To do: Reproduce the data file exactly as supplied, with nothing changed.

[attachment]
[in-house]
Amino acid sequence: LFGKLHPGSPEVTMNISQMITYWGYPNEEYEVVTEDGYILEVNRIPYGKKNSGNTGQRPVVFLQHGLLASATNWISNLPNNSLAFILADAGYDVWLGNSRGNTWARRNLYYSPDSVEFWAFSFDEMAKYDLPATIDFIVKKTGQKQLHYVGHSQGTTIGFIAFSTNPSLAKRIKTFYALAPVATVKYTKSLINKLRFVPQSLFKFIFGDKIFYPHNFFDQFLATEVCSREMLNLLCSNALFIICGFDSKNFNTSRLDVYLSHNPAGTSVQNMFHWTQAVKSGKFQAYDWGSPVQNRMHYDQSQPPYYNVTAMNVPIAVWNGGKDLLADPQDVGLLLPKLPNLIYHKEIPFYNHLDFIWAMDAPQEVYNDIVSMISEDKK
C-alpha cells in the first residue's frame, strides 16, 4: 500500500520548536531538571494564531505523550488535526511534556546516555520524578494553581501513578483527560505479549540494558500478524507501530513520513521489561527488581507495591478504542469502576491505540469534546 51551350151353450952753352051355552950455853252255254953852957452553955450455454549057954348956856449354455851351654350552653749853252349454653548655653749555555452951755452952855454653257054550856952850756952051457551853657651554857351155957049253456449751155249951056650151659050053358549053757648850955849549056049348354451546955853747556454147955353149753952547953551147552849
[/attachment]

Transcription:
[in-house]
Amino acid sequence: LFGKLHPGSPEVTMNISQMITYWGYPNEEYEVVTEDGYILEVNRIPYGKKNSGNTGQRPVVFLQHGLLASATNWISNLPNNSLAFILADAGYDVWLGNSRGNTWARRNLYYSPDSVEFWAFSFDEMAKYDLPATIDFIVKKTGQKQLHYVGHSQGTTIGFIAFSTNPSLAKRIKTFYALAPVATVKYTKSLINKLRFVPQSLFKFIFGDKIFYPHNFFDQFLATEVCSREMLNLLCSNALFIICGFDSKNFNTSRLDVYLSHNPAGTSVQNMFHWTQAVKSGKFQAYDWGSPVQNRMHYDQSQPPYYNVTAMNVPIAVWNGGKDLLADPQDVGLLLPKLPNLIYHKEIPFYNHLDFIWAMDAPQEVYNDIVSMISEDKK
C-alpha cells in the first residue's frame, strides 16, 4: 500500500520548536531538571494564531505523550488535526511534556546516555520524578494553581501513578483527560505479549540494558500478524507501530513520513521489561527488581507495591478504542469502576491505540469534546 51551350151353450952753352051355552950455853252255254953852957452553955450455454549057954348956856449354455851351654350552653749853252349454653548655653749555555452951755452952855454653257054550856952850756952051457551853657651554857351155957049253456449751155249951056650151659050053358549053757648850955849549056049348354451546955853747556454147955353149753952547953551147552849